Philadelphia Museum of Art offers “Pay-What-You-Wish” program
The Museum’s main building will be open until 8:45 p.m. every Wednesday. Pay-What-You-Wish Wednesday Nights are casual, exciting and illuminating. Come on your own or with family or friends! Explore the Museum and its remarkable collections in inventive, interactive and dynamic new ways. Gallery conversations take unexpected forms such as “triple play,” when we invite visitors to talk about three works united by a common theme. Mini-film festivals will be screened, showcasing international independent films and artist’s films as well as old favorites. Regional artists will offer in-gallery experiences or performance pieces. Once a month, visitors can play games inspired by the collection. “Pop-up” programs will include sketching in the galleries and storytelling. Every week, music will bring evocative aural sensations to the Great Stair Hall, and once a month, musicians will perform live in the galleries.
Philadelphia Museum of Art, 2600 Benjamin Franklin Parkway
Wednesdays starting at 5 p.m.
Cost: pay what you wish
Three-course pork dinner at Amada
Pig Out at Amada! Whether in Atlantic City or Philadelphia, enjoy a three-course experience featuring endless Cochinillo Asado, our whole-roasted suckling pig, carved by our chefs tableside. Slow-cooked for 48 hours, the juicy pork is served with assorted tapas like chorizo a la plancha, herb-roasted fingerling potatoes and rosemary white beans. Stay refreshed with our unlimited sangria, offered in both red and white. First Course: Ensalada Verde, Tortilla Espanola (AC), Padron Peppers (Philadelphia), Chorizo a la plancha. Second Course: Cochinillo Asado, Garbanzos a La Catalana, Herb-Roasted Fingerling Potatoes and Rosemary White Beans. Dessert: Spanish Flan.
Amada, 217 Chestnut St.
Sunday, March 10, 4:30-9 p.m.
Cost: $55 per person for unlimited food, $75 per person for unlimited food and sangria
Presidents Day weekend at the Constitution Center
During Presidents Day weekend, visitors to the Center will learn about the role of the president and what it takes to be commander in chief. At craft activity tables, children can create campaign buttons, design their own presidential seals, and more. Guests also are invited to join in a special “Presidential Tour” of the Center’s main exhibition. During Presidential Trivia, participants will race against the clock to answer questions about presidential elections, inaugurations and even pets! Re-enactors will join the Center throughout the weekend to mingle with guests, pose for photos, sign autographs, and discuss their lives and presidencies.
National Constitution Center, 525 Arch St.
Feb. 16-Feb. 18
Cost: free with admission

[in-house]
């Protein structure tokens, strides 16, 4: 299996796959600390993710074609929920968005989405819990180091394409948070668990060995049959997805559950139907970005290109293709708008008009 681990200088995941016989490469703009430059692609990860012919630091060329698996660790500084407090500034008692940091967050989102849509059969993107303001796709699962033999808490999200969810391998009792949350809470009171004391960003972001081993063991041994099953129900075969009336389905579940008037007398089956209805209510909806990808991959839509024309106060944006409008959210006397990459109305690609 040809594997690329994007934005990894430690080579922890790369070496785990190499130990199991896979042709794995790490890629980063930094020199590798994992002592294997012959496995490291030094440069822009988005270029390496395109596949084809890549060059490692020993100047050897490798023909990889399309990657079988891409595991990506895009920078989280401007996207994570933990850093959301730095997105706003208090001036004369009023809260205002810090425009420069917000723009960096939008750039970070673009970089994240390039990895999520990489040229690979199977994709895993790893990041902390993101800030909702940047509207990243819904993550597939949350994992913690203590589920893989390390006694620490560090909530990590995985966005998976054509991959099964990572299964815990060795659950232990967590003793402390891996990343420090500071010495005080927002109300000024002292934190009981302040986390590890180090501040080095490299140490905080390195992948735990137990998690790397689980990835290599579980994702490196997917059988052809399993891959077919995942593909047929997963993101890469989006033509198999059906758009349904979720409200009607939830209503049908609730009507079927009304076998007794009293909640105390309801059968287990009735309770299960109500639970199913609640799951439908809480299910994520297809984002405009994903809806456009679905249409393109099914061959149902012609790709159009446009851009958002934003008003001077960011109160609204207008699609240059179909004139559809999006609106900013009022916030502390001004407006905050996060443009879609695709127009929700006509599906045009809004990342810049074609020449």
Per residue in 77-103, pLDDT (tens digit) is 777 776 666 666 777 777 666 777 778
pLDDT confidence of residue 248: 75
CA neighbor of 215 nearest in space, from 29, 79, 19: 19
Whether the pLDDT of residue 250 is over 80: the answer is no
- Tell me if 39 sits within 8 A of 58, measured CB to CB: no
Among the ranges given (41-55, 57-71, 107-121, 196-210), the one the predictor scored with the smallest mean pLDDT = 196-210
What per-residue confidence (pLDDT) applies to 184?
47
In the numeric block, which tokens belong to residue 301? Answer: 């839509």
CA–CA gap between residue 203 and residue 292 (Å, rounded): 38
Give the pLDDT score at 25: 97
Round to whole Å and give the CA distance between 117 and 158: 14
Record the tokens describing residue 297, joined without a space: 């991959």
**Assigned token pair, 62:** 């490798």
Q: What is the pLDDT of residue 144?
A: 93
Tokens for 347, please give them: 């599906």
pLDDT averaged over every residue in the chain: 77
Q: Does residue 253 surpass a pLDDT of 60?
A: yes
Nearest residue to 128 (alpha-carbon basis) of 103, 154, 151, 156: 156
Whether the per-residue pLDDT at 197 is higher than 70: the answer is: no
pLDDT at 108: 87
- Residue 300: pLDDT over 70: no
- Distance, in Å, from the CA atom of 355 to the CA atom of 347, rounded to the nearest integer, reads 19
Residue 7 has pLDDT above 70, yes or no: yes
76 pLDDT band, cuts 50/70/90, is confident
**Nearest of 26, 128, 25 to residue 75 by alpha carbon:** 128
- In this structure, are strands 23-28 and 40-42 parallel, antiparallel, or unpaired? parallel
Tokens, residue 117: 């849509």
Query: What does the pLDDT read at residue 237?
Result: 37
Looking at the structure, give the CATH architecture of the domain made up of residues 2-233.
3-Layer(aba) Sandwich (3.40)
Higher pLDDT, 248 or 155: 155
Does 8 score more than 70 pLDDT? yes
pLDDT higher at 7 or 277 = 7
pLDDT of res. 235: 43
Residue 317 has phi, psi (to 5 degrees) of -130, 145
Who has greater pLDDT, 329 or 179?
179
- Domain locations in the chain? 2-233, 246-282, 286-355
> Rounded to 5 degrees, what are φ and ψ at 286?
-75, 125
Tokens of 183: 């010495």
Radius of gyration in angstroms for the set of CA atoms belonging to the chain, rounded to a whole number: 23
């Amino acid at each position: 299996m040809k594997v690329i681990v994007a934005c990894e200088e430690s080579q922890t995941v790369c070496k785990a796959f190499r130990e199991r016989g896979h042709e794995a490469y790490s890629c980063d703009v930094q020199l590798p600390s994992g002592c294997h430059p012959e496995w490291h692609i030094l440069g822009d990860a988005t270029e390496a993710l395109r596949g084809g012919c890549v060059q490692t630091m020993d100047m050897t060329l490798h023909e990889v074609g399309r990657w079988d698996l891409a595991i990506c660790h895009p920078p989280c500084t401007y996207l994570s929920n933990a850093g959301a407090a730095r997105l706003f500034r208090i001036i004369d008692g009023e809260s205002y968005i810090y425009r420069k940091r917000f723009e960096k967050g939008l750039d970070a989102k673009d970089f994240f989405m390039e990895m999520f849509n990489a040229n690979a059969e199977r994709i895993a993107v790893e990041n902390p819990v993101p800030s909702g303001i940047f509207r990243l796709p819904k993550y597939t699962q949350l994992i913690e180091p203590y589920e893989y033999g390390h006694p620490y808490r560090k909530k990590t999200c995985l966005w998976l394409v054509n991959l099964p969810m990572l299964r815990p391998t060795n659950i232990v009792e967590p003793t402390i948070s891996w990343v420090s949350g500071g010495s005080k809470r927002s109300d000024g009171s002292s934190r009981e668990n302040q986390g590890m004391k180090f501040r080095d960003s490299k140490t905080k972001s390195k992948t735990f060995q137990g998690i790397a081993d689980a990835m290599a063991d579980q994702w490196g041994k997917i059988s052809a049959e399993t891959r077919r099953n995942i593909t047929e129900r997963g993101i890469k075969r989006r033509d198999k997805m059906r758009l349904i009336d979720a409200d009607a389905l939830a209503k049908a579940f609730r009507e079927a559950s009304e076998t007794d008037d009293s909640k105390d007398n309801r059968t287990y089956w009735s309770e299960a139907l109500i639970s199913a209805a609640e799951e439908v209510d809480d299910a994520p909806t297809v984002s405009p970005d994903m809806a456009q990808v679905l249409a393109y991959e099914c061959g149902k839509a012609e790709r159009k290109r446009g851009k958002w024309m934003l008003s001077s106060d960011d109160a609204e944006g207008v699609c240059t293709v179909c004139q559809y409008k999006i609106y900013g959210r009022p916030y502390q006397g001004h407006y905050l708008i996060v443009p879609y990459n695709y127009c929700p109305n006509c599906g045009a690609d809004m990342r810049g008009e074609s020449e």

My Brother Marvin playing at Merriam Theater The musical genius of Marvin Gaye is undisputedly documented in the annals of music history with his continual string of No. 1 and top-10 hits, unforgettable duets and larger-than-life persona. No doubt, from his auspicious introduction to music at an early age until his premature and untimely death at the age of 45, one fact remained undeniably true — Marvin was the voice of his generation. But what about the man? What about the influences and people who shaped Marvin, those forces that destroyed Marvin, those who loved Marvin and the family that now carries on his legacy? What about that story, the real story, the true story of the marvelous Marvin Gaye! The world knows his music, but they don’t know the man behind the music. In this shocking and spellbinding new version of “My Brother Marvin,” audiences will experience the most candid and revealing story of life with this musical icon, a story that has never been told. Based on the firsthand accounts of Marvin’s sister Zeola, “My Brother Marvin” pushes the envelope by revealing Marvin’s internal battles, greatest fears and most salacious family secrets.
The Merriam Theater, 250 S. Broad St.
Mosaic exhibition at Penn Museum
More than 300 square feet and nearly 2,000 years old, this ancient Roman floor mosaic is one of the world’s largest and best preserved. Discovered in 1996 in Lod, Israel (near Tel Aviv), the “Lod Mosaic” is often characterized as an archaeological gem. Learn about the mosaic’s discovery, history and conservation in this limited-time exhibition. See this unique masterpiece in its final United States venue before it travels to the Louvre in Paris and eventually becomes the permanent focus of the Shelby White and Leon Levy Lod Mosaic Center in Israel.
Penn Museum, 3260 South St.
Now through May 19